Can you imagine a society without the creative influence of the arts and culture? The arts are fundamental to our existence, to our humanity. They foster creativity, beauty, and goodness, bring us joy, help us express ourselves, and build bridges between cultures. Art is alive at the Abbe—from the music escaping our galleries to the exhibits that are full of energy and imagination—the arts offer a kind of learning that can only enhance every other understanding. Art is important in society because it communicates across barriers of language, class, and culture. It elicits a visceral reaction when words alone often cannot. The pleasure people take in art—their response—is in itself a meaningful event.
From this beautiful spot in Bar Harbor, on a jagged rock reaching into the Atlantic, the cragged shores, woodland trails, and calming lakes of this place have lured artists for generations. Wabanaki people are part of this artistic tradition and they have been here, in their homeland on Mount Desert Island, for thousands of generations. During the Rusticator era (the 1840s to 1920s), for example, Wabanaki people helped make Bar Harbor and the island attractive to visitors – making art and selling it to ensure cultural survival for many art forms.
Wabanaki artists’ working as educators, mentors, and citizens of our community is vital to a healthy and vibrant civic life. Currency in art has a beautiful double meaning – it’s about cultural relevance as well as economics. Tribal communities in Maine experience record unemployment (60%) and poverty rates (30%). Our strategic plan, which launched in August 2015, identifies important investments the Abbe can make to benefit Wabanaki artists and their communities.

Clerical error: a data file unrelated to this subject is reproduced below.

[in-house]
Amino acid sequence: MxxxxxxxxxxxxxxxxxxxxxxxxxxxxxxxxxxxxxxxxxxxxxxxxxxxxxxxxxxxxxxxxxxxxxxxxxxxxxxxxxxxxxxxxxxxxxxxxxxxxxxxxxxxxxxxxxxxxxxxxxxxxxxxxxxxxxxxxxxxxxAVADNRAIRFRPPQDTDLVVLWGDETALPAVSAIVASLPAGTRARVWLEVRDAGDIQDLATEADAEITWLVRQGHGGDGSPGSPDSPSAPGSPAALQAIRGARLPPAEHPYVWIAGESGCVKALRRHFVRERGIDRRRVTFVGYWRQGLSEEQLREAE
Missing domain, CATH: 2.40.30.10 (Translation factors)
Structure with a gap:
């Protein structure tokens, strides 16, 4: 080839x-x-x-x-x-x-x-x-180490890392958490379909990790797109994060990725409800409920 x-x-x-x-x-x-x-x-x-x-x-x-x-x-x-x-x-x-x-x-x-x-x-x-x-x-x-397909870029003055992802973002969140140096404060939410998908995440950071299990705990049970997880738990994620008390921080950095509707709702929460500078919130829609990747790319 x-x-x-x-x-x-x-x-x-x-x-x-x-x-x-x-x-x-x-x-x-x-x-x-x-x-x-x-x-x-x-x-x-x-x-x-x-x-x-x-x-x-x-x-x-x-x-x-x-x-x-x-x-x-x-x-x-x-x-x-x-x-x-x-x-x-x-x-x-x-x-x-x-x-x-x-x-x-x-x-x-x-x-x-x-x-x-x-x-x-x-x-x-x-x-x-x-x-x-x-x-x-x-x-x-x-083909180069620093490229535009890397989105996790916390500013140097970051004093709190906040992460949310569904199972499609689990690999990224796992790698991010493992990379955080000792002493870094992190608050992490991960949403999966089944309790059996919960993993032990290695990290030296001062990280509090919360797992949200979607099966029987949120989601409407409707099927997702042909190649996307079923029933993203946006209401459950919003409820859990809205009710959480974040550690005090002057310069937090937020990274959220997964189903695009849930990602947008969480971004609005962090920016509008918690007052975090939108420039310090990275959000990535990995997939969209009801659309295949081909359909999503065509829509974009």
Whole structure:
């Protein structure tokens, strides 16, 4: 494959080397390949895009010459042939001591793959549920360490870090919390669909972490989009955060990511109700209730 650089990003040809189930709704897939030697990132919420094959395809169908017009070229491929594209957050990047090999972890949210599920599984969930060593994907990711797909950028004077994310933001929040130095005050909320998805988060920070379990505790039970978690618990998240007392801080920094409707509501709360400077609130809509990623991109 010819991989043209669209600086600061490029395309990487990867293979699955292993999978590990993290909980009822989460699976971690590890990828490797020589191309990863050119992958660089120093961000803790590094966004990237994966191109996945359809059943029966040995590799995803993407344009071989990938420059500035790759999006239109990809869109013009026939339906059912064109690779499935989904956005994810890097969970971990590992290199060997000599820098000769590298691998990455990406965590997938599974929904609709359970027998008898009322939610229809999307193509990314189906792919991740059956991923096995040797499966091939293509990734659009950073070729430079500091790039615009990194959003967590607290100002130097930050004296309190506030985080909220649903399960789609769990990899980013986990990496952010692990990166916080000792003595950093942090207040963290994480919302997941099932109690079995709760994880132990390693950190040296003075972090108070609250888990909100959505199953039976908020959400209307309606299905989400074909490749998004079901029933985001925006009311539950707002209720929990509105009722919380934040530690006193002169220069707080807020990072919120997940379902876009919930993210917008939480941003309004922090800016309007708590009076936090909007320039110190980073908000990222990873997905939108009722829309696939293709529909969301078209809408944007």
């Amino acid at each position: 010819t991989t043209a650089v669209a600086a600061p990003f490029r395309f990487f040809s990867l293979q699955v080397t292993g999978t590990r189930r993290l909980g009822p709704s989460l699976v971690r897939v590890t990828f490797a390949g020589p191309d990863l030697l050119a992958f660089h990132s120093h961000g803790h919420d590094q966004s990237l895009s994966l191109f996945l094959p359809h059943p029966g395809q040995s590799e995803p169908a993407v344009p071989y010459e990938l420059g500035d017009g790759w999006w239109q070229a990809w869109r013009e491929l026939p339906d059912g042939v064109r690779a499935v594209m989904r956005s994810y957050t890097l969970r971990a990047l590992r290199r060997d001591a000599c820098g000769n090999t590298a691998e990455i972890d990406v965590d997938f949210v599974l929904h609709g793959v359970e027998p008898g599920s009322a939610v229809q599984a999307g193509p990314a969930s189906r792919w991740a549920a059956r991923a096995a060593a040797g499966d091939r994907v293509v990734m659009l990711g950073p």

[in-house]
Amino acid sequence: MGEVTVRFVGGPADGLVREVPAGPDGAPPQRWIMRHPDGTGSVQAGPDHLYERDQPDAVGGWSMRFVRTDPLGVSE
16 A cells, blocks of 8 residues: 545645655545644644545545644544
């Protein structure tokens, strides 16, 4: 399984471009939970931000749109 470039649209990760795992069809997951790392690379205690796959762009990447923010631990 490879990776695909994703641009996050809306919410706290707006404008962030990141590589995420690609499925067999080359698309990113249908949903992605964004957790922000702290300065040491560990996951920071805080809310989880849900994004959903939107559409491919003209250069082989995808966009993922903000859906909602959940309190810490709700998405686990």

To pinpoint what the Abbe could do to boost Wabanaki creativity and broaden marketplace access, we convened 12 Wabanaki artists in 2014 for a creative summit about the current state and future of Native art in Maine. Through facilitated activities, we developed a list of big ideas which informed our strategic plan and planted the seed for exciting new projects, including the Abbe Museum Indian Market (AMIM), debuting May 18-20, 2018. As Passamaquoddy Master Basketmaker Geo Neptune said recently:
“Wabanaki artists have been gaining momentum in the Indian art world, claiming ribbons at world-famous Indian markets across the country. As Northeastern indigenous art—and more specifically, Wabanaki art—continues to gain the attention of collectors from around the world, I believe that Bar Harbor is poised to become the “Santa Fe” of the Northeast—a place where visitors from many walks of life come to experience Indigenous North American history and culture. Given the Abbe’s history of working with Wabanaki people and the admirable goals set by their current strategic plan, I am confident that the Abbe Museum is the only organization that is able, with the support of its community and partners, to make this dream become a reality.”
We envision Bar Harbor as THE destination for Northeastern Native art. Wabanaki artists will be at the core of this regional economic success story. Our creative placemaking initiatives will grow, including, but not limited to, public art projects, artist residencies, and a creative brand. Supporting these projects can help reimagine the past and present, transform the future, and experience possibility. By supporting Wabanaki art and artists, you will influence economic and community growth and create an active and vibrant society. There is nothing more inspiring to an artist than someone's faith in the value of their work.
The Abbe Museum Indian Market and other projects to come will have show-stopper qualities that will take Wabanaki art to audiences that would otherwise never be exposed to it. You can help support this important creative placemaking initiative by donating to the newly created Giving Circle for Wabanaki art and artists. Our goal this year is to raise $10,000!